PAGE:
Tips & Hints > Laundry > Starching

Starching

Starching is a process by which stiffness is communicated to certain parts of linen, as the collar and front of shirts, by dipping them in a paste made of starch boiled in water, mixed with a little gum Arabic, where extra stiffness is required.

When the "things to be starched" are washed, dried, and taken off the lines, they should be dipped into the hot starch made as directed, squeezed out of it, and then just dipped into cold water, and immediately squeezed dry. If fine things be wrung, or roughly used, they are very liable to tear; so too much care cannot be exercised in this respect. If the article is lace, clap it between the hands a few times, which will assist to clear it; then have ready laid out on the table a large clean towel or cloth; shake out the starched things, lay them on the cloth, and roll it up tightly, and let it remain for three or fours, when the things will be ready to iron.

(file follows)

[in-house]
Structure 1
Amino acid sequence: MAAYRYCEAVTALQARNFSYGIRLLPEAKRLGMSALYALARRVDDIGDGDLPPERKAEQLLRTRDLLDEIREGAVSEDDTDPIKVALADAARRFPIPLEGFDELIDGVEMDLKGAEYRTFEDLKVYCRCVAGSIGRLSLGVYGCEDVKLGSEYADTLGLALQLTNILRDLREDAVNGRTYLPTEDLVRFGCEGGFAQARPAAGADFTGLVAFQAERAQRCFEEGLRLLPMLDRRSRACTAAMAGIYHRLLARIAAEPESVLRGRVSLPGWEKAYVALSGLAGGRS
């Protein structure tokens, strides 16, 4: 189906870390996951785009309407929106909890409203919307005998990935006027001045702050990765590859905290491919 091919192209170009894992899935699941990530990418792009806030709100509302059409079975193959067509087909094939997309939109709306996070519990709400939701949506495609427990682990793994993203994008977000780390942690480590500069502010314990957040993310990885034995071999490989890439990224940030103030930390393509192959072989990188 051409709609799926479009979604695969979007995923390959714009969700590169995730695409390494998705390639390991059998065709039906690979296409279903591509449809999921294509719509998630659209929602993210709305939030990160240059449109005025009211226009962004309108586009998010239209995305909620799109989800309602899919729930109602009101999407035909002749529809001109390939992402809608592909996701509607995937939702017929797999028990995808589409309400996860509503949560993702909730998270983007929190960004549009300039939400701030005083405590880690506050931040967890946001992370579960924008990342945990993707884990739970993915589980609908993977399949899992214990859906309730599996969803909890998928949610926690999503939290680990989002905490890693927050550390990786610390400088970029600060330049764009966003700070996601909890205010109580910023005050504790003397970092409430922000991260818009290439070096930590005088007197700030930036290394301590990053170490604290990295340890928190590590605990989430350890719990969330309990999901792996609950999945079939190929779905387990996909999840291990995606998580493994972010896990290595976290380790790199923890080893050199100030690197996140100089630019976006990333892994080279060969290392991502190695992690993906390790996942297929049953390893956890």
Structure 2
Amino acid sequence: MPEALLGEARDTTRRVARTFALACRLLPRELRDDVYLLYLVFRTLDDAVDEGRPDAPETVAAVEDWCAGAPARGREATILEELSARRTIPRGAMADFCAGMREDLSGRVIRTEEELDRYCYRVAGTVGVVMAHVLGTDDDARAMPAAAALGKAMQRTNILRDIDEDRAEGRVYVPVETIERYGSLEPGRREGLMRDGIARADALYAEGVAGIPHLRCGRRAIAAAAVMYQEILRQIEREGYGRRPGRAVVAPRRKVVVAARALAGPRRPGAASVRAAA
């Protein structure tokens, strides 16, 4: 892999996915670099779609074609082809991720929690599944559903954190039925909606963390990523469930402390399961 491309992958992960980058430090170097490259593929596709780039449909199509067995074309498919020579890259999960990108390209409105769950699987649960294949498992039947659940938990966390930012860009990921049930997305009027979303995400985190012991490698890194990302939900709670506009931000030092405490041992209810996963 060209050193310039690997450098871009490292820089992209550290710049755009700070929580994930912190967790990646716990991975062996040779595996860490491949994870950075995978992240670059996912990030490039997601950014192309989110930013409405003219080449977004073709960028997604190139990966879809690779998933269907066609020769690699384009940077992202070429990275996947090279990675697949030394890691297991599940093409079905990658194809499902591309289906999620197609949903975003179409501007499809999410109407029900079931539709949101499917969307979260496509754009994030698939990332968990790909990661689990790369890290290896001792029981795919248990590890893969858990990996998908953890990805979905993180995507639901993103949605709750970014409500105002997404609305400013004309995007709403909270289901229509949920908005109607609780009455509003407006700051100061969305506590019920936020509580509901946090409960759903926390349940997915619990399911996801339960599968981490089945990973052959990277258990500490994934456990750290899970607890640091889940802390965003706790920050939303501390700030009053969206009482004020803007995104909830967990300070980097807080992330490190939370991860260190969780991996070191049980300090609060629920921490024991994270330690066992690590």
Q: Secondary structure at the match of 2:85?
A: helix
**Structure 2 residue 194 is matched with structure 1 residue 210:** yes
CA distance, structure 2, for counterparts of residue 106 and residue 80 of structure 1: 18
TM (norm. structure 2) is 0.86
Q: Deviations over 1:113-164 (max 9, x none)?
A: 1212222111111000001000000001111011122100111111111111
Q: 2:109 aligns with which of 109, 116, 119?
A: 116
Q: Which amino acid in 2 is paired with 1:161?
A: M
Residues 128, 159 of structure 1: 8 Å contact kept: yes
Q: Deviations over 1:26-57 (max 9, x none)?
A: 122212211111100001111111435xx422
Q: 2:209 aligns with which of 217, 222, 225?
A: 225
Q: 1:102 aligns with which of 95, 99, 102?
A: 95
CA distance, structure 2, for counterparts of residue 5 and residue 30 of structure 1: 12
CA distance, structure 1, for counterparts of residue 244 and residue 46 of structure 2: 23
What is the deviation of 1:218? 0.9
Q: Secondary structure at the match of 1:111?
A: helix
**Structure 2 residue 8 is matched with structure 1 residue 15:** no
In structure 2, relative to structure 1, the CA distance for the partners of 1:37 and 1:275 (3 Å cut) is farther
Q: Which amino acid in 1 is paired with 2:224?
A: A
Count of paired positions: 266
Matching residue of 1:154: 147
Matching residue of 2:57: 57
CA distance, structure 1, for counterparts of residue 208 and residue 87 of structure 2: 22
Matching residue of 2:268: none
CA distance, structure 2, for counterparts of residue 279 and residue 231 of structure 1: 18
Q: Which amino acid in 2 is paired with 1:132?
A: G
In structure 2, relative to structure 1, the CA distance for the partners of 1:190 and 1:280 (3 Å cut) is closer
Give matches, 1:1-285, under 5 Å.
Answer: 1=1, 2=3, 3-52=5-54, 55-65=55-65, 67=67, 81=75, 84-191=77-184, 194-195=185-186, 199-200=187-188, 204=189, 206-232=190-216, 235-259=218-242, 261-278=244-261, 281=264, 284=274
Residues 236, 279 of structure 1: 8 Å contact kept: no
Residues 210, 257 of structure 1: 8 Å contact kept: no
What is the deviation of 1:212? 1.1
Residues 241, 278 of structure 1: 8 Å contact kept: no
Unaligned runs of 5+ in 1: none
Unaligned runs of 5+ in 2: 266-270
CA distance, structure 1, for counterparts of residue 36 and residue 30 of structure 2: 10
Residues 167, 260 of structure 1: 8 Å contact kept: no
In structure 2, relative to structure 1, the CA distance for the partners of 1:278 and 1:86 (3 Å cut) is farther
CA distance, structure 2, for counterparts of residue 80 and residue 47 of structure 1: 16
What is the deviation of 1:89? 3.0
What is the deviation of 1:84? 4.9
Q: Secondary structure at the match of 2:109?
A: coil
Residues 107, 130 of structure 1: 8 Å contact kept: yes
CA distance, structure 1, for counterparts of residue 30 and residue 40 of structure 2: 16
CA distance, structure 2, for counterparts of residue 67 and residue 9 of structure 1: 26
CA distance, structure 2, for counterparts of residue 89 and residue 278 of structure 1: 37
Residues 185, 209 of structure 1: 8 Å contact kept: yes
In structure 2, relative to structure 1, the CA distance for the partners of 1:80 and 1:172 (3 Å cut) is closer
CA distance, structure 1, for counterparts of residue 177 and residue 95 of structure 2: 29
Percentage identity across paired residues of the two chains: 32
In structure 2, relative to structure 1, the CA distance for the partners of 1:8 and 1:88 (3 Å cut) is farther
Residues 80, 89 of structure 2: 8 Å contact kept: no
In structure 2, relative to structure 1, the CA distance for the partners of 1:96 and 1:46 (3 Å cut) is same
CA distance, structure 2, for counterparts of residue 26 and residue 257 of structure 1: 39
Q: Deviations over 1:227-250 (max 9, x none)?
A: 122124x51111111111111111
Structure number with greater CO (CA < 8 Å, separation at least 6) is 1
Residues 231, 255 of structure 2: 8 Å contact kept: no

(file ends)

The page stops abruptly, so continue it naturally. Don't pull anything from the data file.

Source

The Book of Household Management (1861).

Print

Print recipe/article only


comments powered by Disqus